​Tough times ahead for Gen X as finances lag

When it comes to saving for retirement, the "slacker" generation is living up to its nickname.

Generation X is falling behind its parents' generation in saving for retirement, although its lagging assets are due to issues such as bad timing -- buying houses during the run-up in the real estate sector -- and a decline in income during the recession.

What might make some scratch their heads is that Gen Xers are actually earning more than their parents, according to a May study from the Pew Charitable Trusts, which defines Generation X as those born between 1966 and 1975. The study found that the median family income for Gen Xers is about $71,100, compared with $63,100 for their parents. But at the same time, Gen Xers hold only about half the assets of their parents, the study noted.

Gen Xers were hardest hit by the Great Recession, Pew found last year. Gen Xers lost almost half their wealth during the economic slowdown, compared with just 28 percent and 25 percent, respectively, for the groups Pew calls "early and late boomers." Late boomers were born between 1956 to 1965, while early boomers were born between 1946 to 1955.

Gen Xers were also impacted by earlier recessions and stock slumps. Many entered the workforce during recession of the early 1990s. Then, as they were getting their footing, the dot-com bubble burst from 2000 to 2002. As the housing market picked up in the 2000s, many in the generation bought homes at high prices, then were hurt once home values fell and the Great Recession kicked in.

"Under the impact of successive booms and busts, many Xers have struggled to afford a family or keep their home, much less do better than their parents," Neil Howe, co-author with William Strauss of books on generations in American history, said at research symposium last month, Bloomberg News reports. "Then came the Great Recession, which hit Xers much harder."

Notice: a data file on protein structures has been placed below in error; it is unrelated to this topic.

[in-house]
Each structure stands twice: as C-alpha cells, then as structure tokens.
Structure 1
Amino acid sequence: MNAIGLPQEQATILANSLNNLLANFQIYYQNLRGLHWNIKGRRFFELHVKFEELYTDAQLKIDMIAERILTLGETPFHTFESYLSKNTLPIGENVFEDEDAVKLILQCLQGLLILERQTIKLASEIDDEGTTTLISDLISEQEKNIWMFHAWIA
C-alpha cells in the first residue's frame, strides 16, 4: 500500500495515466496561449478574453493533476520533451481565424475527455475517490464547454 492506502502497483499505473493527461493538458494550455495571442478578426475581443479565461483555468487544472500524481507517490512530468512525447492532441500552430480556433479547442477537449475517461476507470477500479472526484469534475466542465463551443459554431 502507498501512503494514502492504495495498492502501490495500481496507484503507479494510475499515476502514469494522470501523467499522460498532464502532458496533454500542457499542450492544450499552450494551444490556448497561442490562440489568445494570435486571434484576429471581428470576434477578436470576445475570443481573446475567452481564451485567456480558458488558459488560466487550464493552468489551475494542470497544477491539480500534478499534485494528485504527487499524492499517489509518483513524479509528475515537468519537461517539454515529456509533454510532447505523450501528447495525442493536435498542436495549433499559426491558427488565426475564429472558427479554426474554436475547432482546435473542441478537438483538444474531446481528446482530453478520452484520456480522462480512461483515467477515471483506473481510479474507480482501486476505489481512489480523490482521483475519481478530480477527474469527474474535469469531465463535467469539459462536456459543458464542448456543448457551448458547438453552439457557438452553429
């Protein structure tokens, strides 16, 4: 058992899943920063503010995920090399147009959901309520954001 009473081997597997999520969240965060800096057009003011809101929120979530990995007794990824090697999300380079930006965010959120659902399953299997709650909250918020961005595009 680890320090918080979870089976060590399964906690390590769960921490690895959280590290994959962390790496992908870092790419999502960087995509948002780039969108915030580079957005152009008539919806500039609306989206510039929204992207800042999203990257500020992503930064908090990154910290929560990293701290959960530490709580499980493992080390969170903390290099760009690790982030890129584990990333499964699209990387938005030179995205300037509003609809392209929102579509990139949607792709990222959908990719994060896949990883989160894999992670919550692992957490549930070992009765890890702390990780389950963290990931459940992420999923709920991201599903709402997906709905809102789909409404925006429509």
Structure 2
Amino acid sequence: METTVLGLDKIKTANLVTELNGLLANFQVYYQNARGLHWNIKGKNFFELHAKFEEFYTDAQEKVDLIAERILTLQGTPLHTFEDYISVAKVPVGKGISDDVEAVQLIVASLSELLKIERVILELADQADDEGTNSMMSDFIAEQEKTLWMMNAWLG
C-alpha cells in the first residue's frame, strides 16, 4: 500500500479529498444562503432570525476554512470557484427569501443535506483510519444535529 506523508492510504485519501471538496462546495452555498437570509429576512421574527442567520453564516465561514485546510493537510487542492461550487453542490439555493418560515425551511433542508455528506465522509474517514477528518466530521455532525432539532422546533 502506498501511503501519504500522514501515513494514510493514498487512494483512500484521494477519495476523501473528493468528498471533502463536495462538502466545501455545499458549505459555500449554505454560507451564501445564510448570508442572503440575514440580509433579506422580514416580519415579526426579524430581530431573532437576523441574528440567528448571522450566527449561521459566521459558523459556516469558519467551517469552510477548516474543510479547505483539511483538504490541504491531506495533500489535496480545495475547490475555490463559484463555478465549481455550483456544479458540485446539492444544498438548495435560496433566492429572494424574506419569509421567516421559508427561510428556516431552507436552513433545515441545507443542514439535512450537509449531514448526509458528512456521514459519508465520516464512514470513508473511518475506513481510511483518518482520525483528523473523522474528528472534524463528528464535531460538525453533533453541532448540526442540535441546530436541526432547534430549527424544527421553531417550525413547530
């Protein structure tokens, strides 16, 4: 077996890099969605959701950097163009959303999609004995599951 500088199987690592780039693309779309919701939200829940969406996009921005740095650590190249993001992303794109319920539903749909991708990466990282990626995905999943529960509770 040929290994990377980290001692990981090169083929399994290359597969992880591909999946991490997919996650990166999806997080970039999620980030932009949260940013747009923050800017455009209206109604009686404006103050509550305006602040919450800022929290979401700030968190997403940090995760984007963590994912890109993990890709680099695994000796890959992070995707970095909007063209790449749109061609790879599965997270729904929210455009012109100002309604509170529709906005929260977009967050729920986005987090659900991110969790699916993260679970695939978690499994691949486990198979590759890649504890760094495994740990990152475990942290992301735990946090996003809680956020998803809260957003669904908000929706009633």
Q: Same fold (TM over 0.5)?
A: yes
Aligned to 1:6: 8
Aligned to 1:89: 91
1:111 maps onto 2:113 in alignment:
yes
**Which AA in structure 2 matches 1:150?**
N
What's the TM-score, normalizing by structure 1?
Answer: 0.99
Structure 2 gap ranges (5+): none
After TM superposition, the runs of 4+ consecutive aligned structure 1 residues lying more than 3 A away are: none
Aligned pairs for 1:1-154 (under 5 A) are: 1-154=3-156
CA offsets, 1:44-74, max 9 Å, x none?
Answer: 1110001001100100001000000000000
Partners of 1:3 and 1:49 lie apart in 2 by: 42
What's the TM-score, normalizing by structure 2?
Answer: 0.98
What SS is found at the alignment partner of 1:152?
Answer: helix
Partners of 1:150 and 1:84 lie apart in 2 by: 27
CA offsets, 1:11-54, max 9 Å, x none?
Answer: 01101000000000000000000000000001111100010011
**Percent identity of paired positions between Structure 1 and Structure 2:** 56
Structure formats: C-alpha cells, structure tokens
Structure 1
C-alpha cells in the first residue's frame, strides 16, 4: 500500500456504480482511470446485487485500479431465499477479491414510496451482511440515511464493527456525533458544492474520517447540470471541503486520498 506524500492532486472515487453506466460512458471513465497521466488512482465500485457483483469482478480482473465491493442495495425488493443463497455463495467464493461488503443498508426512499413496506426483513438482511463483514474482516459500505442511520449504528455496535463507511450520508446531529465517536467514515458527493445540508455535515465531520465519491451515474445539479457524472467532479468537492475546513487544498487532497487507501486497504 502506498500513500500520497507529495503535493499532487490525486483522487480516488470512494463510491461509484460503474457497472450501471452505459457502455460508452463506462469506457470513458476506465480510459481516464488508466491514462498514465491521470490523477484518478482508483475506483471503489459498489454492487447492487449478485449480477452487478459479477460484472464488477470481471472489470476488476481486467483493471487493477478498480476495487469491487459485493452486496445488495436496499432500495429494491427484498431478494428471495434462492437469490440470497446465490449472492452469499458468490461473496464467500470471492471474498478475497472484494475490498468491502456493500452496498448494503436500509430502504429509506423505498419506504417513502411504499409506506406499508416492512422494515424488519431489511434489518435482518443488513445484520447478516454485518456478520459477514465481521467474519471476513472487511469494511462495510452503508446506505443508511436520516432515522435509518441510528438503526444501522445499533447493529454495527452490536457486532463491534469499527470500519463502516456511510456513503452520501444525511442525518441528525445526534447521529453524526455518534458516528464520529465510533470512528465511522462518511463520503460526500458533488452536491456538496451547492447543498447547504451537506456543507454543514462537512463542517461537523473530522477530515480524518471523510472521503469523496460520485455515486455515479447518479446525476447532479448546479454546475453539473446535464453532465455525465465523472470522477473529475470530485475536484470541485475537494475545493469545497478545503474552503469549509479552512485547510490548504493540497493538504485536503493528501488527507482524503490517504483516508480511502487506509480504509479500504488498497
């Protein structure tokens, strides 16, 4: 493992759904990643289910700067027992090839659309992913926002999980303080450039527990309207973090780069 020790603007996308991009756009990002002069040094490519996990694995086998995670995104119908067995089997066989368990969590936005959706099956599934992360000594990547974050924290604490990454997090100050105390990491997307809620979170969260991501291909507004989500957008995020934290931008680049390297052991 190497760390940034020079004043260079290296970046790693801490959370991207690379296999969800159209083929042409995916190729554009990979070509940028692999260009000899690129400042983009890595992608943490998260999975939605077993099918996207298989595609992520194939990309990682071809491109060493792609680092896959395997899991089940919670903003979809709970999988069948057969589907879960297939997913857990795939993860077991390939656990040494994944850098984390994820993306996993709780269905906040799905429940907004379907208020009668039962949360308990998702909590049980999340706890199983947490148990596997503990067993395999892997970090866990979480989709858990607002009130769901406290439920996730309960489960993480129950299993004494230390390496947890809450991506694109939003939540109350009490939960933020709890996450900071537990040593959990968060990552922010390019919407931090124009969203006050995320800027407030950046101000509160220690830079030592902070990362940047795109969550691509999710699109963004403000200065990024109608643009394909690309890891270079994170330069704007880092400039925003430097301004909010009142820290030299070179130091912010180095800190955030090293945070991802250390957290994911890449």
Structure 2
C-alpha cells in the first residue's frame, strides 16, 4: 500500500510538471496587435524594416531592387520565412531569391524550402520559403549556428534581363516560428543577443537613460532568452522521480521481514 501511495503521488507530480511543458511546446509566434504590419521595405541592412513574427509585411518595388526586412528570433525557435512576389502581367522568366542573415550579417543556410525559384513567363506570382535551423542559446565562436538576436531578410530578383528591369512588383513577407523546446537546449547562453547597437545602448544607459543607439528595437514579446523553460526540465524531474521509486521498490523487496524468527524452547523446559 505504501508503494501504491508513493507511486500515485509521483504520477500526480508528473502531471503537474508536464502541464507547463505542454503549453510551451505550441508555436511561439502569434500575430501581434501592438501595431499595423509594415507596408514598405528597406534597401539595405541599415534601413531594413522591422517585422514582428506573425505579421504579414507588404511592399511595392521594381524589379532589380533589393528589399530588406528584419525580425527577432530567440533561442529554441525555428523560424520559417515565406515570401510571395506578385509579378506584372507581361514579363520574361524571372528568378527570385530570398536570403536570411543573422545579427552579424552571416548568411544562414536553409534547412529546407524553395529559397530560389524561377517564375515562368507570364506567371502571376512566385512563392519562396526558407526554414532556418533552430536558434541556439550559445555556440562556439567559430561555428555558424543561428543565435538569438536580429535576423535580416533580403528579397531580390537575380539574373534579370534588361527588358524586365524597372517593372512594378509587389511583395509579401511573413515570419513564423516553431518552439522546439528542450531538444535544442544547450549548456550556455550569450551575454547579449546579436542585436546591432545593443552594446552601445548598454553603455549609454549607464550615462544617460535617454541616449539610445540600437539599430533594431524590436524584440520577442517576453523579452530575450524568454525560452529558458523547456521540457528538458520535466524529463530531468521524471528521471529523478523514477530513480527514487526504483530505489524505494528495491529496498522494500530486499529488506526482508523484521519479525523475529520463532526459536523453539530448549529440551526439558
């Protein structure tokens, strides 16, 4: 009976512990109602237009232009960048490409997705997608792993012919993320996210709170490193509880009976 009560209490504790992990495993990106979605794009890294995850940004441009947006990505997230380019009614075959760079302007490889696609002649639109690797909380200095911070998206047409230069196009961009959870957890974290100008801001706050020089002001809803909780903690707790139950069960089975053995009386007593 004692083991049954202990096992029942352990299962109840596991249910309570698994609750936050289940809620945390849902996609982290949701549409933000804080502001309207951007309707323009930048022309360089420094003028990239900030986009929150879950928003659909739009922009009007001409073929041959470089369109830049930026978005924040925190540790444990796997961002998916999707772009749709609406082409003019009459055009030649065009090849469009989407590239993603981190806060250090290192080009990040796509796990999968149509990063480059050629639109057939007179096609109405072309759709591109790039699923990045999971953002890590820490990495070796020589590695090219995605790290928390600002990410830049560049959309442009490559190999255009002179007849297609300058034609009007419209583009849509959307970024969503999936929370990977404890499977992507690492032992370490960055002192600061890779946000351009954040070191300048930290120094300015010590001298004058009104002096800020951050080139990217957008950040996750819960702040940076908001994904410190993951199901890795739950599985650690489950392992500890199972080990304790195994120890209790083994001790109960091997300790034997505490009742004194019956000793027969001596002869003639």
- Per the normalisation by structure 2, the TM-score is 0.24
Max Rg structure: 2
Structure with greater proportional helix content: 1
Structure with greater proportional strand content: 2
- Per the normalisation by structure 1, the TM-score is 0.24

Gen Xers' change in fortunes is illustrated by conflicting trends in home debt and values. The median value of mortgages held by 35- to 44-year-olds jumped by 54 percent to $131,000 from 1995 to 2007, but during the same time period, the median value of the age group's primary homes has slipped by one-fifth, Bloomberg notes.

On top of that, Gen Xers are also earning less, with median income for Americans between 35 to 44 years old declined 9.1 percent from 2007 to 2010, according to a survey from the Federal Reserve.

That may explain why Gen Xers are more pessimistic about retirement than older and younger generations. According to a Pew study, 44 percent of Gen Xers said they aren't confident they'll have enough money at retirement, compared with 40 percent of Boomers and just 35 percent of Millennials.

With the stark reality of lower assets and income, Gen Xers now say they'll work longer -- or even never retire, according to a survey from the Employee Benefit Research Institute. Almost one-third of Americans between 35 to 44 say they'll retire after they turn 66, compared with 25 percent a decade ago. And one out of ten say they'll never retire, compared with 4 percent in 2004.

For those in their 40s, it's key to resist taking on more debt, while also cutting back on expenditures to save more for retirement.

In its 2013 study, Pew noted, "Gen-Xers are the least financially secure and the most likely to experience downward mobility in retirement."

  • Aimee Picchi

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